Sunday, 1 August 2010

Tatties

It's been a slow year for the veg. Spring was cold right up until late April and even then the wind kept swinging back to the north, bringing a chill from Faroe, Iceland, even the Arctic.

And there hasn't been what you'd call a lot of rain, although we are a long way from being under drought conditions as some further south are.

The carrots are a good month behind schedule - let's hope the Autumn King variety lives up to its name - while the salad crops are in the process of bolting and the beetroot has been a virtual dead loss.

So it came as a whopping great relief this morning when I took a gamble and lifted the first potato plant of the year, finding a clutch of firm, pale cream tatties begging to be scraped and put in the pot.

That is where they are now, with the smell of roast pork filling the kitchen, our own cabbage in another pot, a few small neeps ready to be roasted alongside the joint and a handful of baby carrots, thinned out from the rest of the crop this afternoon. I love Sunday dinner.

We've the best part of two-thirds of an acre set over to potatoes and turnips, the hope being that there will be enough to feed us and to make a decent contribution to the pigs' feed as well.

Last year I planted 100kg of seed tatties by hand. Well, when I say I, I mean it was me, my son Will, stepson Pat and Sal's brother and sister-in-law Martin and Kathy, who were foolish enough to believe that a trip to Westray was in any way a holiday.

This year I planted about double the amount in a patch of the bottom field where the sows had spent most of last year. Well, when I say I, I mean Jimmy and Alistair from down the road did the ploughing, rotovating and allowed me to help with the actual planting, sitting behind the tractor on a precarious sort of stool affair above a sort of plough thingy and next to a tub for the potatoes and a chute to drop a tattie down every time the little bell on a wheel at the back rang.

The snag was, as Alistair advised me, that the bell often gets clogged up and won't ring. There was nothing for it but to take a leaf out of the Captain Mainwaring drill manual, so I was bumping along trying not to fall off while muttering: "One-two-three-plant-two-three-plant-two-three," and so on.

Still, the result is a lovely patch of dark green plants that have not yet, touch wood, succumbed to blight or mildew. And, of course, the pot of fresh new tatties that will go down a treat with a hint of salt and a little butter.

7 comments:

Yorkshire Pudding said...

Hi Malc
Is there anything better to eat than fresh new potatoes with a melting wedge of butter and a little salt? I doubt it. My own potatoes have been brilliant - no slug damage or scabbing and most delicious - variety: Pentland Javelin.
Two posts in three days? Slow down old chap!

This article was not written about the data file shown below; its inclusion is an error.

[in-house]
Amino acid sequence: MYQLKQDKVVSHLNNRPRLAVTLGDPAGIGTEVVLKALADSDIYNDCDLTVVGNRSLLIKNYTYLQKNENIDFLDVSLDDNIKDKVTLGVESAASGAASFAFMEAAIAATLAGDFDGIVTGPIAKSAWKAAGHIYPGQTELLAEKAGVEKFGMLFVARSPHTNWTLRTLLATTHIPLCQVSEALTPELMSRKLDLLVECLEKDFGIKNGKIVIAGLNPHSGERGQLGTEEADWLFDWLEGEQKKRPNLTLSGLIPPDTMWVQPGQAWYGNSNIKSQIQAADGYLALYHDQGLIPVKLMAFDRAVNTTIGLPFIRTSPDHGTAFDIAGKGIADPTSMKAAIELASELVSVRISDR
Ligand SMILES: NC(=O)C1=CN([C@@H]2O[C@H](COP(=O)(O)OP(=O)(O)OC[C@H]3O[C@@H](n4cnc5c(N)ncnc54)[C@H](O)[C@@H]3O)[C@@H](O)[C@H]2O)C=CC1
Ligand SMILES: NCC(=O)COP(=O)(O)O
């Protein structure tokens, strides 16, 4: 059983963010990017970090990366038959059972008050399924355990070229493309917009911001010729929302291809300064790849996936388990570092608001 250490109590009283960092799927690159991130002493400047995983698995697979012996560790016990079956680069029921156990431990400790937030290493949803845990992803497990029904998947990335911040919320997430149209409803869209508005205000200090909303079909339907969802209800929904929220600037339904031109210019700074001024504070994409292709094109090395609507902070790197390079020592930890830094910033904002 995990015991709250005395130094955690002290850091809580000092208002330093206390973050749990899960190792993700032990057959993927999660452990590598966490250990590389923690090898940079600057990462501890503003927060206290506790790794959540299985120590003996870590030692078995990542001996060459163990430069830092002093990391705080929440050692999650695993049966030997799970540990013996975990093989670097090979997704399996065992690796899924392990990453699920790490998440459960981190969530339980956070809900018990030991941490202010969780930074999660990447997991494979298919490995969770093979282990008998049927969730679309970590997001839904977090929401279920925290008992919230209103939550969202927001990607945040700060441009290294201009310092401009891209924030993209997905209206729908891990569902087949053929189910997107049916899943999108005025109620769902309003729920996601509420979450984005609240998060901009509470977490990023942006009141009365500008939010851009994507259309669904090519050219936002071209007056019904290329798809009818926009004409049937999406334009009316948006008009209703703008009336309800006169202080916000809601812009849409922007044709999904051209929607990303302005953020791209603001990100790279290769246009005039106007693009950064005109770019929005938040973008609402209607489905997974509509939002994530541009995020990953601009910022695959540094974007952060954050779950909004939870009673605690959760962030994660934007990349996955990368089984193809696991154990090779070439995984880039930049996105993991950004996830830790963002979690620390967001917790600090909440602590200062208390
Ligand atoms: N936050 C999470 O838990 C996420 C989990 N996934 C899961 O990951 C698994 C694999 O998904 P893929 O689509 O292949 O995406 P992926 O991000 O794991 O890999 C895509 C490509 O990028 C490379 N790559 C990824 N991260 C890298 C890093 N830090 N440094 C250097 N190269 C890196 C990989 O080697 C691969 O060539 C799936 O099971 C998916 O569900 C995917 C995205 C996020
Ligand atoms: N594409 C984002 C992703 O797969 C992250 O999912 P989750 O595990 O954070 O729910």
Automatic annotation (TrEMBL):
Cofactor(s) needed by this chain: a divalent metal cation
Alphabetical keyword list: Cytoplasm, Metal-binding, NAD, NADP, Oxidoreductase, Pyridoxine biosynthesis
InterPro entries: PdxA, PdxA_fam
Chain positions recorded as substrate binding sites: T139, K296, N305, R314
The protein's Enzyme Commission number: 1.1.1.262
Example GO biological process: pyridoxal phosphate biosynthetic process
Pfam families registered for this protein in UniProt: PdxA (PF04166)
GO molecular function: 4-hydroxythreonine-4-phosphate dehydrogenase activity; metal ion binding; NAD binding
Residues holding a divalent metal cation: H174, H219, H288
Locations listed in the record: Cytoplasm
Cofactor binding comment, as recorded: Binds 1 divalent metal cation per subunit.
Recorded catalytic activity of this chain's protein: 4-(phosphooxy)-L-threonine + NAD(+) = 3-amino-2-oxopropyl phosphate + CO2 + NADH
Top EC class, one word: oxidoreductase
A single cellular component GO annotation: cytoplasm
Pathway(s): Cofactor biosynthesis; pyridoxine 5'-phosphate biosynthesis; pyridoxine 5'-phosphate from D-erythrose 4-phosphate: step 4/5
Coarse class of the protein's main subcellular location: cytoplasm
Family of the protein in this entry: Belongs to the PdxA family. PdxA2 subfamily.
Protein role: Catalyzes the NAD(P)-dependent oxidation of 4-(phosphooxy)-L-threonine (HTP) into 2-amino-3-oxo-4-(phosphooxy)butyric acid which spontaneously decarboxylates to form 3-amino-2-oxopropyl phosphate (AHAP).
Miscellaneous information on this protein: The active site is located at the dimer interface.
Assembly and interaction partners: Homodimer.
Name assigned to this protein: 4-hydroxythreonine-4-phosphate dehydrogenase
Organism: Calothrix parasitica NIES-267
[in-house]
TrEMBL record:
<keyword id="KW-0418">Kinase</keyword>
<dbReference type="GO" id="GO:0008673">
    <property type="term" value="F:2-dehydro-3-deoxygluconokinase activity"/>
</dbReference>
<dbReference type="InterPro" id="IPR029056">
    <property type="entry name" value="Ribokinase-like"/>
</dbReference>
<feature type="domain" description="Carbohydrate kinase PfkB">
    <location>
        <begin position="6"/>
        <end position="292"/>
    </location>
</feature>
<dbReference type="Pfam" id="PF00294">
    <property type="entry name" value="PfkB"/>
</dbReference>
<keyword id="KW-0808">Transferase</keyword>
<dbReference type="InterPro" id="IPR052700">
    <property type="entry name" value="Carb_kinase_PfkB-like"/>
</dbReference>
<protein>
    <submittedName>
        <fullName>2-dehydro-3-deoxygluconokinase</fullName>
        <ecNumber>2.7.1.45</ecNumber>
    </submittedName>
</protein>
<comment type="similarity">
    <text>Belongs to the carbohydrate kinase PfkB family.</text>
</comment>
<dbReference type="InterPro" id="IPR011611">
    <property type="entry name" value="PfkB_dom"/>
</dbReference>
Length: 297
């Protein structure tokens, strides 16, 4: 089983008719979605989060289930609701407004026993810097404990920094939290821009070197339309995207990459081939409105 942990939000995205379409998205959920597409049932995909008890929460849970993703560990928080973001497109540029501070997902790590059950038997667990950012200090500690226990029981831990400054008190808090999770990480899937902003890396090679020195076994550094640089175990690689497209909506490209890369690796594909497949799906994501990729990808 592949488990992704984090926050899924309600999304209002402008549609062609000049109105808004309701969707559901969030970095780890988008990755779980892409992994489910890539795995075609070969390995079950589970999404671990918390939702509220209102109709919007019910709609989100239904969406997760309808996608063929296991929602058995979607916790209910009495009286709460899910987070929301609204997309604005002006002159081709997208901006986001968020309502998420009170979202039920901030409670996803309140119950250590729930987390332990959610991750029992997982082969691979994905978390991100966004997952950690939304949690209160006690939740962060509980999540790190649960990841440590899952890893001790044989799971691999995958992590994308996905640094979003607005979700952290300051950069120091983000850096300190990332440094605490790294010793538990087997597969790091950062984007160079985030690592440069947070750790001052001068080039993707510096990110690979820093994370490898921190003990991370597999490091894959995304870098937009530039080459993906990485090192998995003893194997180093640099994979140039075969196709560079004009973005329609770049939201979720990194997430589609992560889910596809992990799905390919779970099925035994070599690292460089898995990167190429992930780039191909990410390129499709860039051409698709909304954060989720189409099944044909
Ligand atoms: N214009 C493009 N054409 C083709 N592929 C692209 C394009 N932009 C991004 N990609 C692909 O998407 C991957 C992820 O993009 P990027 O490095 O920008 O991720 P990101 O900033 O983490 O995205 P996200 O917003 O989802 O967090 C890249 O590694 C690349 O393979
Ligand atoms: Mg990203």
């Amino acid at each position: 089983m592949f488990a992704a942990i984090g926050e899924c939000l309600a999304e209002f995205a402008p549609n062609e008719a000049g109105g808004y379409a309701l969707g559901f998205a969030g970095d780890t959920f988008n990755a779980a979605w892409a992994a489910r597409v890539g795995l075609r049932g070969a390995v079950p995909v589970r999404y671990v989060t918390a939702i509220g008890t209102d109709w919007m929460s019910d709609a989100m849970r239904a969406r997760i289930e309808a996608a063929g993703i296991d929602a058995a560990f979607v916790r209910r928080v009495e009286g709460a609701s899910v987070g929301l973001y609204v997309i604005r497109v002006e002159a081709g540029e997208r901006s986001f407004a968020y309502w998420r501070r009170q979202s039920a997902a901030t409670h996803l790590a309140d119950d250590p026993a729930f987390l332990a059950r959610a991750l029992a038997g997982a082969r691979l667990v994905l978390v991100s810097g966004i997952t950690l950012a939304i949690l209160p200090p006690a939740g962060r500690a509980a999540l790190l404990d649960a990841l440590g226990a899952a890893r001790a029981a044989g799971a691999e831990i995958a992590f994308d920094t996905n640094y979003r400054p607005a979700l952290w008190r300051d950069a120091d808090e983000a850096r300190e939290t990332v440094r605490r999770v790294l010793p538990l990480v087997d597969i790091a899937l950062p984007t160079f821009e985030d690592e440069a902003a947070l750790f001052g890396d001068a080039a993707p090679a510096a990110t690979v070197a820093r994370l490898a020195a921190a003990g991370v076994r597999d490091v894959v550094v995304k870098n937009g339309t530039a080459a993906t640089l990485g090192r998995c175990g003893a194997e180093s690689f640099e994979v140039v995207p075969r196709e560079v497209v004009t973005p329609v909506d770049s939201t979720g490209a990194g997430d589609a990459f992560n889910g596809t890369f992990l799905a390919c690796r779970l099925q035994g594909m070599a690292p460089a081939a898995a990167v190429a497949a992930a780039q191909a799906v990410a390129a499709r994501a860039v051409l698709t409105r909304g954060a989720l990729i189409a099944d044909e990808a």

smart said...

... Martin and Kathy, who were foolish enough to believe that a trip to Westray was in any way a holiday.

This fool would happily be on Westray helping you with the spud planting any day of the year. We had a wonderful week on the island - our next trip can't come soon enough.

Congratulations on the first 3 years and good luck for many more years.

Martin

Richard said...

I've finally grown pots for the first time this year. I've not much room and only planted 5 to see how they went but I've had two plants up so far and I'm well pleased. The beans haven't been too bad either. Digging part of the lawn up next year for more veg. I grew up with Dad forever in the garden growing stuff and selling it on the door and it was getting to me that I'd never had the chance to continue because of the lack of space. Ironically, now I'm in what my best friend calls "ASBO housing", I've actually got a reasonably useful bit of garden. Result!

Zig said...

mmmmmmm yum! Swap you with my glut of courgettes and cucumbers (what WAS I thinking of?!).

Katherine said...

Oh, I'd come and help you plant tatties on Westray too! Your last two posts have made me heave happy sighs for you both. Congratulations on doing what you do!

Frith said...

When I look at my 3 yards of 'taters and think of your 300 (was it?), the word "back strain" takes on a whole other meaning. I read a gardener's blog the other day, wherein she extolled the virtues of growing delicate and expensive vegetables because anything else didn't make sense. Why grow it if you could go to the market and buy it? But for me, growing the very pedestrian potato for the first time ever, has been a complete thrill. (Perhaps I need to get out more?)

Malc said...

YP

We had new tatties again last night - with chicken tikka. Pentland Javelin is a good variety. We've planted Colleen and the Hungarian Sarpo Mira - a vigorous, fast-growing variety that outgrows blight.

Smart

Looking forward to next June already.

Richard

"Result" indeed. Few things give me as much satisfaction as growing veg.

Ziggi

Gladly. Our poor courgette plants have so far produced two pathetic little fruits. I didn't even bother with cucumbers this far north.

Katherine

Thank you. All help gratefully accepted.

Frith

Potatoes should always be part of any veg rotation system, mind you, anyone with an Irish background would say that. If space is limited, grow an exotic or salad variety that's expensive in the shops.